Every research is based on various fundamental assumptions regarding what composes valid research and which research methods are suitable. In order to conduct research, it is vital to recognize what these assumptions are. These fundamental assumptions help out the researcher to name the research philosophy and then opt for the fitting research methods and further data collection (Remenyi et al, 1998). The research philosophy is about the research approach to be adopted, which is named as positivist, interpretive and critical (Robson, 2000). Positivists normally assume that realism is objectively specified and can be explained by quantifiable properties, which are self-determining of the researchers and their instruments (Remenyi et al, 1998). Interpretive researchers begin with the assumption that access to realism, specified or socially created, are just through social constructions in the forms of language, perception and shared meanings (Remenyi et al, 1998).
The fundamental assumption of this research is to examine the effectiveness of RFID technology in the supply chain of UK retail sector. This fundamental assumption suggests the researcher to have access to realism of application of RFID technology in the supply chain of UK retail sector. Therefore, this research is categorized as an interpretive research. An interpretive research requires conducting the research opting both qualitative and quantitative research methods, hence in this research both the qualitative and quantitative research methods will be put into application.
Qualitative research, with its focus on acknowledging composite, interconnected and/or changing phenomena, is primarily relevant to the challenges of conducting management research. Qualitative research is characterized by focus on unfolding, recognizing, and elucidating composite phenomenon – on studying, for illustration, the relationships, patterns and configurations amongst factors; or the framework in which activities take place. The spotlight is on recognizing the full multi-dimensional, vibrant depiction of the theme of study (Neuman, 2004).
This research necessitates both qualitative and quantitative research, where qualitative research require recognizing the research issues as propositions, and qualitative research require to examine those propositions quantitatively, through collecting empirical quantitative data. The research issues are to be identified through reviewing the literature (qualitative data) and quantitative data is to be collected in relation to identified issues through approaching firms UK retail sector (particularly Marks & Spencer).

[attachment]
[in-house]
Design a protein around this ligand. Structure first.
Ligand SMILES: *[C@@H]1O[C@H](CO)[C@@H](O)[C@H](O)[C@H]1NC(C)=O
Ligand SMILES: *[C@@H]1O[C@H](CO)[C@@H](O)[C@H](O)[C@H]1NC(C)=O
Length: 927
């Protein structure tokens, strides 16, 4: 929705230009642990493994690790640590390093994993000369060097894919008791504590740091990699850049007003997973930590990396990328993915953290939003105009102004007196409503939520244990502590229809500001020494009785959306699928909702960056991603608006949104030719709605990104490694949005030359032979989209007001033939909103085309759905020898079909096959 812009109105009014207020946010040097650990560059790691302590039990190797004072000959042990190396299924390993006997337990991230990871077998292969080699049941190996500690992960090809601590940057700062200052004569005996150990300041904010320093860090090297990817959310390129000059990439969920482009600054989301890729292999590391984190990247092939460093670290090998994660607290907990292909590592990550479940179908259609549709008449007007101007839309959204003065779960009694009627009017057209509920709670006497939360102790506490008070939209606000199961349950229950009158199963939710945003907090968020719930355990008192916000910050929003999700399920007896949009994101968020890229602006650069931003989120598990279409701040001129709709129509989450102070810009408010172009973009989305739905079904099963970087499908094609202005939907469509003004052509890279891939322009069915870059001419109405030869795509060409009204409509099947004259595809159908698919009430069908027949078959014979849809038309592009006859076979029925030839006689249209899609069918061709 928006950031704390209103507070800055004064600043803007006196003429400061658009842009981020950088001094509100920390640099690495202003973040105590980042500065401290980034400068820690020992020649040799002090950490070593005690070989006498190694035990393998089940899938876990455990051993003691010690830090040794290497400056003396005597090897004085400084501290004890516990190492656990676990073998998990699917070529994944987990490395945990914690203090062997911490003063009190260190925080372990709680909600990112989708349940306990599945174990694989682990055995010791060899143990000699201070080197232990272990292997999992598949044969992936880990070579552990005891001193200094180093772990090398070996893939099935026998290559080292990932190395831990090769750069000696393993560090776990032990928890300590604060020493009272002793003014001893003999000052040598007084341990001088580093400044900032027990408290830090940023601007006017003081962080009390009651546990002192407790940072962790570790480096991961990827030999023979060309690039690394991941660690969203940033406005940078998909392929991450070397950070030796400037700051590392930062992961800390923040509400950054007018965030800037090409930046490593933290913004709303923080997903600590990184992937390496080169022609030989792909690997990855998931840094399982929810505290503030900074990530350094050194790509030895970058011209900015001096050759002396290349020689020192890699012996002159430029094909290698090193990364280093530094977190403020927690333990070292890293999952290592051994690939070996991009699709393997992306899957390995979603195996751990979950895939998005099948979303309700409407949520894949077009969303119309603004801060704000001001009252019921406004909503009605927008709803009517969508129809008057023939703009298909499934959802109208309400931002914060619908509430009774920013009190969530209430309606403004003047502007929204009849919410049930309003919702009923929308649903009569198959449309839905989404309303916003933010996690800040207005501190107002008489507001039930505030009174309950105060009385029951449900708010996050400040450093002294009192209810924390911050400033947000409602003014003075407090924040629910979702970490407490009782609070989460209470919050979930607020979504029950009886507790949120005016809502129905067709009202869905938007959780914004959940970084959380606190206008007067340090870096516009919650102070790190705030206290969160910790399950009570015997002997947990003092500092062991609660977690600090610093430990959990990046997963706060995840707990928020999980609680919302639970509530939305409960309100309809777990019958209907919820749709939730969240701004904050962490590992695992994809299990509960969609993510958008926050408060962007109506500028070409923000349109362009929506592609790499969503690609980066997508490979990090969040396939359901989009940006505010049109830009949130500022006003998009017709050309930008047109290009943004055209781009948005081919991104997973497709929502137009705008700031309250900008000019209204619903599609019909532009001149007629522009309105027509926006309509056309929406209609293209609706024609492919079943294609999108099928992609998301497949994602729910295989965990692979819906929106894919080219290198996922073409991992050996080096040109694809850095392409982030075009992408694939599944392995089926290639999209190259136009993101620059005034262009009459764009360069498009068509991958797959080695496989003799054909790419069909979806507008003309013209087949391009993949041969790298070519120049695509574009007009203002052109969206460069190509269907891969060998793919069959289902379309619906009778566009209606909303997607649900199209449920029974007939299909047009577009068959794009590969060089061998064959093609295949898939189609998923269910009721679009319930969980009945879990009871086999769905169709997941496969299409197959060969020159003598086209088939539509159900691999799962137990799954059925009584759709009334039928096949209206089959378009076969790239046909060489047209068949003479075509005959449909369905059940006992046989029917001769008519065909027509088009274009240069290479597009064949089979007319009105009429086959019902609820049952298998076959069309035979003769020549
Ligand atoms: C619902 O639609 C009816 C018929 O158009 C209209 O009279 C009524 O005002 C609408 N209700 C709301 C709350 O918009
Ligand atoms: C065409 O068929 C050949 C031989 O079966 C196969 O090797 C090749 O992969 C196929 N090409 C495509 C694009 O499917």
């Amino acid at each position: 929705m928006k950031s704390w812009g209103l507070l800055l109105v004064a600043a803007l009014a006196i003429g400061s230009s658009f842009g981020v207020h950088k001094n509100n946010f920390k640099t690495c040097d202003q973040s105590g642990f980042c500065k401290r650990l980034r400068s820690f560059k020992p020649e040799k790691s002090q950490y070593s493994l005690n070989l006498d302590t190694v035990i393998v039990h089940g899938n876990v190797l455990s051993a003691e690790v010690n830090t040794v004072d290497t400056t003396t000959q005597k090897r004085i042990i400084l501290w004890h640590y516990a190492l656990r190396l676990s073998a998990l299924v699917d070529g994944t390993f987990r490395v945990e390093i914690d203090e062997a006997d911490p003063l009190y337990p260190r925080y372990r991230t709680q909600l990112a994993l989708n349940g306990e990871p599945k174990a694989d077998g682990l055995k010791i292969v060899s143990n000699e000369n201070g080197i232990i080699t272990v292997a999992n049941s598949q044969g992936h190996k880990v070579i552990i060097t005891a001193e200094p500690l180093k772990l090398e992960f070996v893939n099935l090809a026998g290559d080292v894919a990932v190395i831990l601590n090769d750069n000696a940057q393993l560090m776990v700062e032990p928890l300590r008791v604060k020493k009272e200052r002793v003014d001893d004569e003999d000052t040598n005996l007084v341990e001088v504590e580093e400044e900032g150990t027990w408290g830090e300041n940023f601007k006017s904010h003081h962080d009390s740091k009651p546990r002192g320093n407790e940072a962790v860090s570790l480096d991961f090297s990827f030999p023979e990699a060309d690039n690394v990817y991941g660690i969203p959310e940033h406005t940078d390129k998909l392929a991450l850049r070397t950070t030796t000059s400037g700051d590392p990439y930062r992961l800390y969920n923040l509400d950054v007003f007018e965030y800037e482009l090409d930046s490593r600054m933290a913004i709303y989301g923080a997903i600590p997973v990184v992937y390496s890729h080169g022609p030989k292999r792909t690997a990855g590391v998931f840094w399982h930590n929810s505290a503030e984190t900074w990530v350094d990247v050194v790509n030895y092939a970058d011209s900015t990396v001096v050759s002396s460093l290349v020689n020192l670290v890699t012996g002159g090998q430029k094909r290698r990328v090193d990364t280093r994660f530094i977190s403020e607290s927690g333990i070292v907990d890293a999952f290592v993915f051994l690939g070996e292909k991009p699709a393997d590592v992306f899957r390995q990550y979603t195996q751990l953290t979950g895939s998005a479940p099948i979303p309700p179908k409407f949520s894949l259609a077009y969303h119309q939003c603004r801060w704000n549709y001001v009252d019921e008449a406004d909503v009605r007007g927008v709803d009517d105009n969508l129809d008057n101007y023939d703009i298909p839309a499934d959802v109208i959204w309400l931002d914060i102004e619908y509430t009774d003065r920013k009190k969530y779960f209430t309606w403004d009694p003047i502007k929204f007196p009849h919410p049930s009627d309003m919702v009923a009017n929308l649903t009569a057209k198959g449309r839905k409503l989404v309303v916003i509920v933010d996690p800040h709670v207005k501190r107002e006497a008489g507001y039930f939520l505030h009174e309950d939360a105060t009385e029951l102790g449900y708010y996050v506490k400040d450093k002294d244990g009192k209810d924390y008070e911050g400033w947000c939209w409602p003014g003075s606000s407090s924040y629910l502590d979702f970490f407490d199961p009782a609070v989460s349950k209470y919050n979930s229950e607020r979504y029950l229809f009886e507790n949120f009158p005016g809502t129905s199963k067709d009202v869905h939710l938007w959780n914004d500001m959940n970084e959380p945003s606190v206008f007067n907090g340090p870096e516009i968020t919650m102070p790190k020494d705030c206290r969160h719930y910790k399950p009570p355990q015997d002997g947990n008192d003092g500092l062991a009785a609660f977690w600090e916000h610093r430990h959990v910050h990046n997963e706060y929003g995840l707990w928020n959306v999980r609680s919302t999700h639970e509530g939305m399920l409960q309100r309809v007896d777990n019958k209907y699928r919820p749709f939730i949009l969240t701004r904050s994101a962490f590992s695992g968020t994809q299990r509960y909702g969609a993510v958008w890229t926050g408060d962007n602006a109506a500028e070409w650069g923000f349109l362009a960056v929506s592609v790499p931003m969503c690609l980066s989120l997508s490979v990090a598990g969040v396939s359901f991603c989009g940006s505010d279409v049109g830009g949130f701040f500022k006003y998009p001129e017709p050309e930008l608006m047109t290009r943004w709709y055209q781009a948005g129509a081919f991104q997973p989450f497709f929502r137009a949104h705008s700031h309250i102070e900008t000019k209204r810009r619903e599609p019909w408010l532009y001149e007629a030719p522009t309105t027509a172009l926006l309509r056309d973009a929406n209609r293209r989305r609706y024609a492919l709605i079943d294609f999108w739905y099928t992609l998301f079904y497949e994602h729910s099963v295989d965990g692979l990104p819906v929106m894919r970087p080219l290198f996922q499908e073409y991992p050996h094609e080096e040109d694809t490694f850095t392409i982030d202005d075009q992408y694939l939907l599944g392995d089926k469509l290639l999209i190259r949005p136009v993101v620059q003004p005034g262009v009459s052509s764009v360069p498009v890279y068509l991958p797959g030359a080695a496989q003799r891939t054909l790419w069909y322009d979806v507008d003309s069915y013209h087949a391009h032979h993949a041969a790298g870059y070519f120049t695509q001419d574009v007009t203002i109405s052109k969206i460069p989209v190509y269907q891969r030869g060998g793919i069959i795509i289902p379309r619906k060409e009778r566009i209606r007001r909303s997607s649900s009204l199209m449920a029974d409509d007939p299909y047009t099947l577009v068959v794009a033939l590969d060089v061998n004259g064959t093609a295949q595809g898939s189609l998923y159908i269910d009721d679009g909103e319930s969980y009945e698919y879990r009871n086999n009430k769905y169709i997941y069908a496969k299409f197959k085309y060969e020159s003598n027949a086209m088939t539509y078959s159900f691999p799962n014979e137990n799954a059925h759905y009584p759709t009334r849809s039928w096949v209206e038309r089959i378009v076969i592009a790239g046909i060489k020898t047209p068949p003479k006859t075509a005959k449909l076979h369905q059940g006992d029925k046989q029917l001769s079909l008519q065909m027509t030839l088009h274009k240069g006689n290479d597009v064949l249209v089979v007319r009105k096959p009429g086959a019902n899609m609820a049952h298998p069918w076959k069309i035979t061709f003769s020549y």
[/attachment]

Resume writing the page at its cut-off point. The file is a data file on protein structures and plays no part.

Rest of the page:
The two most ordinary methods of data collection are secondary and primary (Saunders et al, 2003). Since a deep rooted research requires both secondary and primary data, therefore, both secondary and primary data is to be collected in this research.
Secondary data represents the realistic data that can be obtained in the course of secondary sources that are readily available and collected for other purposes (Saunders et al, 2003). Examining available secondary data is prerequisite to collecting primary data. Secondary data in this research is in the form of literature review. A choice of sources of secondary data in this research is books, journals, newspapers, magazines and online sources.
Primary data is collected for the apparent point of the research currently in process. Collecting primary data is expensive and time consuming, but such data is tremendously constructive and reliable. The researcher decides in advance what data to collect and what analysis techniques to use with the data to reply the research questions or achieve the research objectives. Tools to collect data primary data can include surveys, interviews, documentation review, observation, and even the collection of physical artifacts (Saunders et al, 2003).
The primary data in this research is to be collected through questionnaire survey, which will be time saving and less expensive data collection method. For conducting questionnaire survey in this research a suitable questionnaire will be designed considering the objectives of the research and developed research questions.
In this research, non-probability sampling technique will be applied to select the sample. The respondents will be Supply Chain Managers working in different companies of UK retail sector (including Marks & Spencer). The total sample size is decided 30.
Furthermore, an interview will also be conducted at Marks & Spencer, where the interviewee will be Senior Level Supply Chain Manager in the company.
Survey data will explore the need and effectiveness of RFID technology in the supply chain of UK retail sector; whereas interview data will explore the current practice of Marks & Spencer.
The data analysis is to be conducted in this research through triangulation method. Triangulation is accomplished chiefly in the course of following two processes (Saunders et al, 2003): firstly, purported data triangulation is achieved through multiple data collecting, sources, procedures and strategies; and then these various sources and procedures are explained in regard of research issues.